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Messages - hookem law
« on: March 03, 2004, 01:28:42 AM »
Numbers and app date?
I applied in Jan, and I'm 99.99% certain I will get in, I just want an idea of how efficiently their office is going.
« on: February 20, 2004, 10:16:13 PM »
-----While the test may measure certain abilities needed in law school, until you are there and actually taking the tests and doing the work, no one can ever tell me that someone who scored low on an LSAT will automatically do poorly in law school -----
No one would ever tell you this. On the whole though, those who do better on the LSAT do better in law school. If there were no correlation, law schools wouldn't use it. There is a correlation, and it can predict what the average student will do, but it will never predict what any individual will do.
« on: February 20, 2004, 08:53:04 PM »
There is ZERO subjectivity in correct LSAT answers. Any preptest book that told you otherwise has stolen your money. Some wrong answers will look attractive, but when you think about them long enough it is clear why they are wrong. That's what makes a good test-taker...someone who can throw out the attractive wrong answers quickly. Andthe aptitude required to do so is conducive to success in law school.
LSAT should matter much more than GPA. A 3.5 is different at Harvard as compared to Notre Dame, Texas, UNLV, or Ball St. Some schools engage in rampant grade inflation (Harvard), some are difficult (ND, Texas), and some schools just offer easy curricula (UNLV, Ball St.) However, the LSAT is the same for everyone. That is why it matters more, and justifiably so.
« on: February 20, 2004, 12:39:53 PM »
-----pick the "best answer" though several could be correct----
For every LSAT question, there is one right answer, and four wrong ones. One or more of the wrong ones may be attractive, but there are ALWAYS four that are equally wrong.
« on: February 17, 2004, 01:05:12 AM »
They lost to Notre Dame tonight, but ND has been playing good basketball. Hakim Warrick had a good game.
« on: February 13, 2004, 02:51:05 PM »
Multiply your LSAT by the first number. Write the product down. Multiply your GPA by the second number. Write that product down. Add the two results together, and either add or subtract the third number (depending on its pos or neg value), and you will end up with a single number. That number means nothing until you compare it to other people's numbers.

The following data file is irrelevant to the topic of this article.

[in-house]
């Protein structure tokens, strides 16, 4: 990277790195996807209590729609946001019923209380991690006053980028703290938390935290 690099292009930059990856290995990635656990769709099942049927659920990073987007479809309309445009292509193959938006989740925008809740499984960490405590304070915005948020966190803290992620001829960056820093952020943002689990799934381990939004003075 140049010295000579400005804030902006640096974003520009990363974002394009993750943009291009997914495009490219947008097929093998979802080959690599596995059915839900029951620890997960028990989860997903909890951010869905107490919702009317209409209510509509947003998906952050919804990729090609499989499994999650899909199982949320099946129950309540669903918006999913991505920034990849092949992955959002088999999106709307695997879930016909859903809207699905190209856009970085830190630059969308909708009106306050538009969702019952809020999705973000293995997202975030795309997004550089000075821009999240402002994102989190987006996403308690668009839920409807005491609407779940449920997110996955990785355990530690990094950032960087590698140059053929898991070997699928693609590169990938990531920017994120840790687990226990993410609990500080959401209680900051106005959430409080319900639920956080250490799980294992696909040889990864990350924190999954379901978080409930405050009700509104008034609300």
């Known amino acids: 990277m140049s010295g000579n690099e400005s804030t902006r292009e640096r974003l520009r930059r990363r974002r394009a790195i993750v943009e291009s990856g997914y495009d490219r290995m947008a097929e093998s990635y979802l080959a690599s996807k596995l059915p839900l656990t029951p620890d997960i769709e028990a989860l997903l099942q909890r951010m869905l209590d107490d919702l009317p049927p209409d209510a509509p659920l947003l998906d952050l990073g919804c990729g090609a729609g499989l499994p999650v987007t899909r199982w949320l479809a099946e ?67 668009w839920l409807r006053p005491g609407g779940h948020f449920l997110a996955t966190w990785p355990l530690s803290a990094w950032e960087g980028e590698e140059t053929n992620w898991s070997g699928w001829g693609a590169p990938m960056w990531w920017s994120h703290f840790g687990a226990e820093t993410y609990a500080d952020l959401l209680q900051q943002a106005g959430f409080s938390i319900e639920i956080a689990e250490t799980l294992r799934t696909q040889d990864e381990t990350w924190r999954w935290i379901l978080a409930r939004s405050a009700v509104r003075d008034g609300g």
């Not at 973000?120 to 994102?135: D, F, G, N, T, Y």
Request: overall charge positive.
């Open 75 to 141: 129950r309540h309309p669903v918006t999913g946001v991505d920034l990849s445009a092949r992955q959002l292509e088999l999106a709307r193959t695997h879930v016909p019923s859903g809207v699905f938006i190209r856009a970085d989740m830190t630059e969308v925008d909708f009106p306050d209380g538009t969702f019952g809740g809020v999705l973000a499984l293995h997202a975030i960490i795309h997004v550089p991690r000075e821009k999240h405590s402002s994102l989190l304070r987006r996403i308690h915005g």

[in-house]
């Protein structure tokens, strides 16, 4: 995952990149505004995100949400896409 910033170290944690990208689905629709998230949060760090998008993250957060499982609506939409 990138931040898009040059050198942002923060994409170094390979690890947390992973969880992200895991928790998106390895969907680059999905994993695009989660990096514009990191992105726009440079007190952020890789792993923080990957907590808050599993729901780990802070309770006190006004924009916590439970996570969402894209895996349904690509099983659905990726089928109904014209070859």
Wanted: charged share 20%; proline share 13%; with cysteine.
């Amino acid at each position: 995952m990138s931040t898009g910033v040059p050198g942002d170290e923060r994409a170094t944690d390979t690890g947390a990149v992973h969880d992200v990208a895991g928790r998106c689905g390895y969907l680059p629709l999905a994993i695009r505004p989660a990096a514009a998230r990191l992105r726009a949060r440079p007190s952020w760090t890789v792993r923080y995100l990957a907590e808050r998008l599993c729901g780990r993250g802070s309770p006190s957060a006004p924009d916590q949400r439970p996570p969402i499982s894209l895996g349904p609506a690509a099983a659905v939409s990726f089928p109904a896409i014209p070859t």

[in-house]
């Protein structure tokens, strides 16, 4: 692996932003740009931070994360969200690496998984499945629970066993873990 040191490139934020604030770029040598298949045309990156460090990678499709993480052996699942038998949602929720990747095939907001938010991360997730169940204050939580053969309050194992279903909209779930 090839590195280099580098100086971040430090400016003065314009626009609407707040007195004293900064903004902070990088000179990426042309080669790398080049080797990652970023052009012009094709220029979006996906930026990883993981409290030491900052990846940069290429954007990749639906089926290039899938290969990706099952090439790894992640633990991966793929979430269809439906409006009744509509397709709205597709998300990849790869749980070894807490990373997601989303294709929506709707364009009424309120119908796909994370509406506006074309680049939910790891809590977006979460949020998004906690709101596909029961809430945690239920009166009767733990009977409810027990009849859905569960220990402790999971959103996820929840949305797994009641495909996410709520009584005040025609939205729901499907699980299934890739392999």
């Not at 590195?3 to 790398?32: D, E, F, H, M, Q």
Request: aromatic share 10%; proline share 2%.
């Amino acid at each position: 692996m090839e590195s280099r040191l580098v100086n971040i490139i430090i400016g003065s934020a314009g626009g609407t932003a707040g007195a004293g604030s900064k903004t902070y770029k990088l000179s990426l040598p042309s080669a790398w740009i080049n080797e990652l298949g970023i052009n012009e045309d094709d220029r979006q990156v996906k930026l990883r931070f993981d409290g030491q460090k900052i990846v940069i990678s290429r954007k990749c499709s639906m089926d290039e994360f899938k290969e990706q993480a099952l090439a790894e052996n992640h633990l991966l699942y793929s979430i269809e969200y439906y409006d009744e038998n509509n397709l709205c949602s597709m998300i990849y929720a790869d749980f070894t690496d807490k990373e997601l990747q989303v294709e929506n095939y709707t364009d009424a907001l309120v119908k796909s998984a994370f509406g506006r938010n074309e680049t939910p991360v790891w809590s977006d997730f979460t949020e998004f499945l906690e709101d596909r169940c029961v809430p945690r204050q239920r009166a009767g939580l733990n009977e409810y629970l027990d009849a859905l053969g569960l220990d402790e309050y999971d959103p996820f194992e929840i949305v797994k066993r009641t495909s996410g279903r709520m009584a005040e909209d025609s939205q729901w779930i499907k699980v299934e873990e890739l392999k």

Do this by making the same calculations for last year's classes 75% GPA and LSAT. If your index number in equal to or higher than the number produced for the 75% GPA/LSAT, you will most likely get into that school. You can also do calcuations for the medians, and if your number is close to that produced by the medians, then you could consider yourself competitive for that school.
« on: February 09, 2004, 08:33:46 PM »
Anyone who told you Baylor is better than Texas is smoking crack. Baylor is good though, especially if you want to be a trial lawyer. It is Texas Bar Exam intensive, so their Bar pass rate is very high (sometimes #1 in the state). It is not unfair to say that Baylor is a three eyar Bar course.
« on: February 09, 2004, 01:48:04 PM »
Yeah I wasn't serious about the scores I laid out. 68 correct=175? I can't believe anyone bought that.
« on: February 09, 2004, 01:41:46 PM »
I'll take it from your name that you are a Wisconsin native. Based on that assumption, I think you have a pretty good shot at UW, and 50/50 at Iowa. You will probably get in at Luckeye U, and Indiana does not give preference to Indiana residents, so that may be a good bet.
« on: February 09, 2004, 01:25:20 AM »
Yes, the test is about adapting in the middle of it. No one will get 101 correct on this test. The most anyone will get is 93, which will of course be a 180.